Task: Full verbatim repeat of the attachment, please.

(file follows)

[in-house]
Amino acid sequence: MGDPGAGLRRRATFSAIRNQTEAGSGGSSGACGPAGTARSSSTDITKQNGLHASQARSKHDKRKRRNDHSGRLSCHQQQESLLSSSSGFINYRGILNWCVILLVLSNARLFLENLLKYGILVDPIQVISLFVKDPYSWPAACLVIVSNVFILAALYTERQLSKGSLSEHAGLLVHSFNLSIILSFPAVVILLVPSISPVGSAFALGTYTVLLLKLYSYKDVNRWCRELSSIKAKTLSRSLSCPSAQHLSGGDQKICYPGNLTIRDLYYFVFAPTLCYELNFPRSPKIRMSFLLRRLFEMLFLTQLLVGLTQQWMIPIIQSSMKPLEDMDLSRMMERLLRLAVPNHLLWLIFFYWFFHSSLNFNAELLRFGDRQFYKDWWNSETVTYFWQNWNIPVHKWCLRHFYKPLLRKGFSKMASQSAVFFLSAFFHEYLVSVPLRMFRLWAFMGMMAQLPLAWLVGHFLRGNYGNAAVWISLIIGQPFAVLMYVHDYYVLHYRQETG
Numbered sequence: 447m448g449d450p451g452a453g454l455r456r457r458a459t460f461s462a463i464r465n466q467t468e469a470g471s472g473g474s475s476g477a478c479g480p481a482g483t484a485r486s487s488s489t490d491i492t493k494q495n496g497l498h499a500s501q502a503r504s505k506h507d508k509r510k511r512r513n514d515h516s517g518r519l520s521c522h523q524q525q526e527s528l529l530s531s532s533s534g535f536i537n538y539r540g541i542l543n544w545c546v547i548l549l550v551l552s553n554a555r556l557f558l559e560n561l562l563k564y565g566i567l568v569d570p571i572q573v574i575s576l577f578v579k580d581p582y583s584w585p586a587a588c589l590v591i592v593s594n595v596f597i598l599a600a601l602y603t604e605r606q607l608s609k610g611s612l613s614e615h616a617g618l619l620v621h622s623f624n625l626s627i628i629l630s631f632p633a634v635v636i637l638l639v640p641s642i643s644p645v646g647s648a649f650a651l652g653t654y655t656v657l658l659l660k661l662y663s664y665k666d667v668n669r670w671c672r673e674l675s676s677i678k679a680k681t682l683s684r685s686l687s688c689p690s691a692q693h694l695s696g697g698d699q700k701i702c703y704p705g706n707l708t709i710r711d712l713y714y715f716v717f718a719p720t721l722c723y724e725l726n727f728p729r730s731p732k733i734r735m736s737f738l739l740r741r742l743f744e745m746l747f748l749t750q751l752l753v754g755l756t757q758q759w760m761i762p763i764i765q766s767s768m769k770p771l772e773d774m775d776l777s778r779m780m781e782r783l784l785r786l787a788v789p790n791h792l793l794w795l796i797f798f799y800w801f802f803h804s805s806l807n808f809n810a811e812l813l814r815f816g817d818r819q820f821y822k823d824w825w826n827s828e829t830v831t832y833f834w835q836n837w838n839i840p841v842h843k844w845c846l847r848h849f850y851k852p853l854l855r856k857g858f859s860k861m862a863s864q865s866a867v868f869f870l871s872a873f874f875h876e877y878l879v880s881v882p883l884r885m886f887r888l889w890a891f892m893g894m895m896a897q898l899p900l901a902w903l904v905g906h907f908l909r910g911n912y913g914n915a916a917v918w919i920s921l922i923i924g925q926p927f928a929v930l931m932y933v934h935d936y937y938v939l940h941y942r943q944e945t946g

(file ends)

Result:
[in-house]
Amino acid sequence: MGDPGAGLRRRATFSAIRNQTEAGSGGSSGACGPAGTARSSSTDITKQNGLHASQARSKHDKRKRRNDHSGRLSCHQQQESLLSSSSGFINYRGILNWCVILLVLSNARLFLENLLKYGILVDPIQVISLFVKDPYSWPAACLVIVSNVFILAALYTERQLSKGSLSEHAGLLVHSFNLSIILSFPAVVILLVPSISPVGSAFALGTYTVLLLKLYSYKDVNRWCRELSSIKAKTLSRSLSCPSAQHLSGGDQKICYPGNLTIRDLYYFVFAPTLCYELNFPRSPKIRMSFLLRRLFEMLFLTQLLVGLTQQWMIPIIQSSMKPLEDMDLSRMMERLLRLAVPNHLLWLIFFYWFFHSSLNFNAELLRFGDRQFYKDWWNSETVTYFWQNWNIPVHKWCLRHFYKPLLRKGFSKMASQSAVFFLSAFFHEYLVSVPLRMFRLWAFMGMMAQLPLAWLVGHFLRGNYGNAAVWISLIIGQPFAVLMYVHDYYVLHYRQETG
Numbered sequence: 447m448g449d450p451g452a453g454l455r456r457r458a459t460f461s462a463i464r465n466q467t468e469a470g471s472g473g474s475s476g477a478c479g480p481a482g483t484a485r486s487s488s489t490d491i492t493k494q495n496g497l498h499a500s501q502a503r504s505k506h507d508k509r510k511r512r513n514d515h516s517g518r519l520s521c522h523q524q525q526e527s528l529l530s531s532s533s534g535f536i537n538y539r540g541i542l543n544w545c546v547i548l549l550v551l552s553n554a555r556l557f558l559e560n561l562l563k564y565g566i567l568v569d570p571i572q573v574i575s576l577f578v579k580d581p582y583s584w585p586a587a588c589l590v591i592v593s594n595v596f597i598l599a600a601l602y603t604e605r606q607l608s609k610g611s612l613s614e615h616a617g618l619l620v621h622s623f624n625l626s627i628i629l630s631f632p633a634v635v636i637l638l639v640p641s642i643s644p645v646g647s648a649f650a651l652g653t654y655t656v657l658l659l660k661l662y663s664y665k666d667v668n669r670w671c672r673e674l675s676s677i678k679a680k681t682l683s684r685s686l687s688c689p690s691a692q693h694l695s696g697g698d699q700k701i702c703y704p705g706n707l708t709i710r711d712l713y714y715f716v717f718a719p720t721l722c723y724e725l726n727f728p729r730s731p732k733i734r735m736s737f738l739l740r741r742l743f744e745m746l747f748l749t750q751l752l753v754g755l756t757q758q759w760m761i762p763i764i765q766s767s768m769k770p771l772e773d774m775d776l777s778r779m780m781e782r783l784l785r786l787a788v789p790n791h792l793l794w795l796i797f798f799y800w801f802f803h804s805s806l807n808f809n810a811e812l813l814r815f816g817d818r819q820f821y822k823d824w825w826n827s828e829t830v831t832y833f834w835q836n837w838n839i840p841v842h843k844w845c846l847r848h849f850y851k852p853l854l855r856k857g858f859s860k861m862a863s864q865s866a867v868f869f870l871s872a873f874f875h876e877y878l879v880s881v882p883l884r885m886f887r888l889w890a891f892m893g894m895m896a897q898l899p900l901a902w903l904v905g906h907f908l909r910g911n912y913g914n915a916a917v918w919i920s921l922i923i924g925q926p927f928a929v930l931m932y933v934h935d936y937y938v939l940h941y942r943q944e945t946g